By Dudley Beck
“Hello, this is Mike Young. What do you want?”
“‘Your’ Queen had 3-inch diameter capped brood plus eggs on March 16”, I say.
“What’s capped brood? Is that good ?”
“It’s great”, I say. “It means the developing babies are 9 days old. In 12 more days, hundreds if not thousands of new bees will hatch. The apricot trees started blooming on March 18, so that is perfect timing. Wes Shook came by to look too. We saw plenty of one-day-old eggs. That means she is alive and laying that very day, even though we didn’t actually see the queen.”
Wes, KB, and I have spent the rest of March cleaning old frames, checking for wax moths, and getting our sites ready (wind break, some shade) for new colonies. We got notice from the bee suppler that our package bees will be ready the first week in May. In the meantime, what about those swarms? I checked my log book. Swarms in Bluff have been seen the last week in April and the first two weeks of May.
So…all you swarm spotters, keep your eyes peeled, and call KB (801-560-5352), Wes Shook (805-458-1970), or me (435-979-2079). Write these numbers down and keep them in your wallet so you will be ready when you spot one. The sooner you call, the better our chances of collecting the swarm before they move on to a new location. While they are in the swarm, 2 percent (the scout bees) are flying out in all directions in a two mile radius looking for a new home. Once they find a good spot and come to consensus (can you believe that?!) within the swarm, off they go all at once. Many of you have probably seen or heard a loud swarm on the move in previous years. So we need to get there before they take off.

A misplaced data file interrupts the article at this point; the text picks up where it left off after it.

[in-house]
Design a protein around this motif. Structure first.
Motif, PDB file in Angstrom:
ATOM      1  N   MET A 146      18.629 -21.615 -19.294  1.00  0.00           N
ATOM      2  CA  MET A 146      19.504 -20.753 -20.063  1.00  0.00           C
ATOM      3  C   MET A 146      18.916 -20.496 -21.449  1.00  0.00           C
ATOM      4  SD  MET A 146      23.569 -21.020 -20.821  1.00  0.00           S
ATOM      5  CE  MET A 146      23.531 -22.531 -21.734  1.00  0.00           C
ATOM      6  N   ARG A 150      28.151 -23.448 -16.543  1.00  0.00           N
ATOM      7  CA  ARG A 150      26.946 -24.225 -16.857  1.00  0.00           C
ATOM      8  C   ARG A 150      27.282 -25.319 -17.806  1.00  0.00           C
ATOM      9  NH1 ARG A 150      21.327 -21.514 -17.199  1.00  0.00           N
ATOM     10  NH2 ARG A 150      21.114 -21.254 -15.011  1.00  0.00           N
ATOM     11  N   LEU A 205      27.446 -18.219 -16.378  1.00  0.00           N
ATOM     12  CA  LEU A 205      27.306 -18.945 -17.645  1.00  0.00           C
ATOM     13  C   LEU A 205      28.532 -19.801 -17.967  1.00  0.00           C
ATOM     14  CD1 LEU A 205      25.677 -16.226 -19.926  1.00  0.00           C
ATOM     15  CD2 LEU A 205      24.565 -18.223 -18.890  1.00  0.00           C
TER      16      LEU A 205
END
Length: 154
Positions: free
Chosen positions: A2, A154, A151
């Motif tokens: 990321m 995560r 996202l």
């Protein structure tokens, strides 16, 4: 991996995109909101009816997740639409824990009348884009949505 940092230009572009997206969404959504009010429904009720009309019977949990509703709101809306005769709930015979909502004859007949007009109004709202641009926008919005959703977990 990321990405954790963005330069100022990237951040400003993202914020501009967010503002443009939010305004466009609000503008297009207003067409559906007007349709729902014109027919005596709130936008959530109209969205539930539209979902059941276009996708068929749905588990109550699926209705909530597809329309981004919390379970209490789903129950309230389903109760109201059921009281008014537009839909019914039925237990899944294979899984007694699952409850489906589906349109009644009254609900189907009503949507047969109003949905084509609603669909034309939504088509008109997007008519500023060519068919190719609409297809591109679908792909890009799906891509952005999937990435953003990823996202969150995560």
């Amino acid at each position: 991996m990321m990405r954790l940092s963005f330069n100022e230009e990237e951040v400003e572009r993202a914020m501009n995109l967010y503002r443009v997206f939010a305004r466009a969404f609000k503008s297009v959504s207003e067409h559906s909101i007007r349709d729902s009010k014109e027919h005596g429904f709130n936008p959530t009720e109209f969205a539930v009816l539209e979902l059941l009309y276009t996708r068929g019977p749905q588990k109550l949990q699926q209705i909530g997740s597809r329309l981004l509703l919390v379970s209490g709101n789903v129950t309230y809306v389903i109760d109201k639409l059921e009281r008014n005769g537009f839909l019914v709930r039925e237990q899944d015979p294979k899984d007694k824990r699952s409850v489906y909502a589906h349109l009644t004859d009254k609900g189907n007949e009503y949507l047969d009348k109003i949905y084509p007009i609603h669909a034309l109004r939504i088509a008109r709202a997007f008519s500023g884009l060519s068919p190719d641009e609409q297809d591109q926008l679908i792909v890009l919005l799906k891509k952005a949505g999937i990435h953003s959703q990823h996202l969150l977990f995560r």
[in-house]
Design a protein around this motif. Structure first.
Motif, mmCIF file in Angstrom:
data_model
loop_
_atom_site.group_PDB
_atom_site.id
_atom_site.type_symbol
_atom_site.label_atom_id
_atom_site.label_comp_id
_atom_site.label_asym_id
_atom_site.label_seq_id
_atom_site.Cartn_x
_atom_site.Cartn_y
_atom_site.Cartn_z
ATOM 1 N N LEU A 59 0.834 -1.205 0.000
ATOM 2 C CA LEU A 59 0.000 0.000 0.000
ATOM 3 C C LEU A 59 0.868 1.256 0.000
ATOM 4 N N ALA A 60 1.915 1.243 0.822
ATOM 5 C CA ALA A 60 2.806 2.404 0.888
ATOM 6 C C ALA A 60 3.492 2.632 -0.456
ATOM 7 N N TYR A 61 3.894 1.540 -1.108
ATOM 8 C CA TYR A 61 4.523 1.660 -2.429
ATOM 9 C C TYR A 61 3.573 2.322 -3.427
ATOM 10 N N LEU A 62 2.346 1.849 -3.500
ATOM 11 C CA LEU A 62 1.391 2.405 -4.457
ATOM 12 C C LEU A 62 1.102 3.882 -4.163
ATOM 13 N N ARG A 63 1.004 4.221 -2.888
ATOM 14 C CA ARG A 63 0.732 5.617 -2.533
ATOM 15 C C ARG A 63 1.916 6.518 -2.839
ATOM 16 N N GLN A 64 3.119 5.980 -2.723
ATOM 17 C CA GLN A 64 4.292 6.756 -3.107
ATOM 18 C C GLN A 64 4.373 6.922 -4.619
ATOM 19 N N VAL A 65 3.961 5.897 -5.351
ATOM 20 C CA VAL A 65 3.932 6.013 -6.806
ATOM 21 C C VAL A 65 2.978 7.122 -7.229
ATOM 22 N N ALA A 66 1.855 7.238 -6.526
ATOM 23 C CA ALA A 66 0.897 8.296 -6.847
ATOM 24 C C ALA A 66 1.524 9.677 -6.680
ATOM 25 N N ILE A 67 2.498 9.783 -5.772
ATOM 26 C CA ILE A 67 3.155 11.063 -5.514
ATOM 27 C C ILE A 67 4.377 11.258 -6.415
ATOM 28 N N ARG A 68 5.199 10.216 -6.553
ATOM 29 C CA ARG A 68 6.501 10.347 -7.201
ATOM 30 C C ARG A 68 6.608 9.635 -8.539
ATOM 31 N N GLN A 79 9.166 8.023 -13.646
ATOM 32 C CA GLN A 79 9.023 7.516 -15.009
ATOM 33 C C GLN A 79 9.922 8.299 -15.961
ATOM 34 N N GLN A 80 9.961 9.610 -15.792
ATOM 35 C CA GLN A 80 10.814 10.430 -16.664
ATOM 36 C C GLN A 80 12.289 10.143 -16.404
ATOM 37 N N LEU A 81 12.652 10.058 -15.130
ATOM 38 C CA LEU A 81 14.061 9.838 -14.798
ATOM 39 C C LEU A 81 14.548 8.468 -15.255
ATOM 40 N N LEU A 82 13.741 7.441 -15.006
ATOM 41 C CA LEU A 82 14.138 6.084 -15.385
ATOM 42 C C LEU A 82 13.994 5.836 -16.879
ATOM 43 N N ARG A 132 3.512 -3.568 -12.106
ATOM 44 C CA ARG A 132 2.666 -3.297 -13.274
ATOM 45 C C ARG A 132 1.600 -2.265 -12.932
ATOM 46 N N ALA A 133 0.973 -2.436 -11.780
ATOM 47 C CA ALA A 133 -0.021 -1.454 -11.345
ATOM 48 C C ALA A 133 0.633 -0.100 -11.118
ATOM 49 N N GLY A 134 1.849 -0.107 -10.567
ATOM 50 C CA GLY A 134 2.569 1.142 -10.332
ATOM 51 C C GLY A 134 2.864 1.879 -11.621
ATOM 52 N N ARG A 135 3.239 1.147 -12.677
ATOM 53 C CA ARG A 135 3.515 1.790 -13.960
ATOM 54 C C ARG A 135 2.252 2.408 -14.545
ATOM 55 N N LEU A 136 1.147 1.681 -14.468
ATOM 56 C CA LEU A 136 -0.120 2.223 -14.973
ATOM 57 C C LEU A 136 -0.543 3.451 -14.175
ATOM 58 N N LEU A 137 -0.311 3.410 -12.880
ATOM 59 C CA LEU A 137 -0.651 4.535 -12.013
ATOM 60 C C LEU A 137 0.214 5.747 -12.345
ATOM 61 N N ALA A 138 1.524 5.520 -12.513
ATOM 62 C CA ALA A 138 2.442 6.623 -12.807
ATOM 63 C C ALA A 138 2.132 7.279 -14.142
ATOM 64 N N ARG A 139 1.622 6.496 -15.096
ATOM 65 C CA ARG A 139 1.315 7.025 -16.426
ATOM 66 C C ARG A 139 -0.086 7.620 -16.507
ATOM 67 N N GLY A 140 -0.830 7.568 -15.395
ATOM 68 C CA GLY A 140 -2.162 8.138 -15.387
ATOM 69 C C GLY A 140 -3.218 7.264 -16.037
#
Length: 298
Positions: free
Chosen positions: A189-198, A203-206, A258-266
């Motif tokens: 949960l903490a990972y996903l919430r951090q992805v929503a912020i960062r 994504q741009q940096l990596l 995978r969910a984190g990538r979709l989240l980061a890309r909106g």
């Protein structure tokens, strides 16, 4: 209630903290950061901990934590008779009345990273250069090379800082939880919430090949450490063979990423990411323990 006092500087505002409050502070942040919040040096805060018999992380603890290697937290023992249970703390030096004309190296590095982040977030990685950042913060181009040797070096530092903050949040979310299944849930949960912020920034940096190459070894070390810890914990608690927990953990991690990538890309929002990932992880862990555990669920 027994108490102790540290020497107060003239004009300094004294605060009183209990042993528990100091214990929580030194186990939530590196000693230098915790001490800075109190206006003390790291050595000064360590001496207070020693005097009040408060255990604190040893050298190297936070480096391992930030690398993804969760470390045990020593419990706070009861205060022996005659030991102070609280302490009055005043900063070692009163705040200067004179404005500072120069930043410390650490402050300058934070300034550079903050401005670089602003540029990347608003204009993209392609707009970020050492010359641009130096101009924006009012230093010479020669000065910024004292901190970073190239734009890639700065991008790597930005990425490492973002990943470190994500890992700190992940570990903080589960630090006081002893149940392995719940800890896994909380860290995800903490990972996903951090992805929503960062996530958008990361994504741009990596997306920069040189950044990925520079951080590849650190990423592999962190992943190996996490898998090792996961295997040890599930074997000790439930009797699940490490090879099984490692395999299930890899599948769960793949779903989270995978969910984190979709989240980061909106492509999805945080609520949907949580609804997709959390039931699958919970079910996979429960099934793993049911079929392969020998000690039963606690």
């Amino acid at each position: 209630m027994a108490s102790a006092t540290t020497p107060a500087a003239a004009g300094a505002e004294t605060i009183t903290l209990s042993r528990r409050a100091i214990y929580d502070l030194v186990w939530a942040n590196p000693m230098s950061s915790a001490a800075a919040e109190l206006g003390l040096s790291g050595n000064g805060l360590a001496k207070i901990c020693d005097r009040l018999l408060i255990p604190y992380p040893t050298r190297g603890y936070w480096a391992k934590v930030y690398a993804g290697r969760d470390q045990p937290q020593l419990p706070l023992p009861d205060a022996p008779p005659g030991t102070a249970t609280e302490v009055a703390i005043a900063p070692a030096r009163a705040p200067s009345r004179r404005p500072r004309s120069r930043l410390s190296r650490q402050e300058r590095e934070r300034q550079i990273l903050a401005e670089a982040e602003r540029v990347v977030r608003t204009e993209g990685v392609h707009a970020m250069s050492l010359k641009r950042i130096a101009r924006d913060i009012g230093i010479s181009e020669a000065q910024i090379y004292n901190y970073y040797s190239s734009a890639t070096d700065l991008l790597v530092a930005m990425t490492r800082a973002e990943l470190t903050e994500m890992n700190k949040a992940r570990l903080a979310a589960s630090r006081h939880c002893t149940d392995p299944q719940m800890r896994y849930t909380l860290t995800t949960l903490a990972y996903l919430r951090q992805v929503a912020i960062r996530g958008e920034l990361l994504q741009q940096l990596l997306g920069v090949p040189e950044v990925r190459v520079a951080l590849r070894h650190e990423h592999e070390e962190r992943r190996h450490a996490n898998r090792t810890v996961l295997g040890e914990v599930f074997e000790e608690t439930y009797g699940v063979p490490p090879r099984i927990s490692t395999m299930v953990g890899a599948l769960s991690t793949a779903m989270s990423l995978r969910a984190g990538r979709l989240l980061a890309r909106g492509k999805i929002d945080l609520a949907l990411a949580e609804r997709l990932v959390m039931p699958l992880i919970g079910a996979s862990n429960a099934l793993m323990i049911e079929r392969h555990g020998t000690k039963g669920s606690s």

Do you have your pollinator flowers planted? Things should start popping in April.
Thanks for your help.
— Dudley Beck, Bluff’s “bee guy”, will be providing the Canyon Echo with monthly updates from the life of a Bluff beekeeper.
— Questions? Post them in the comments below.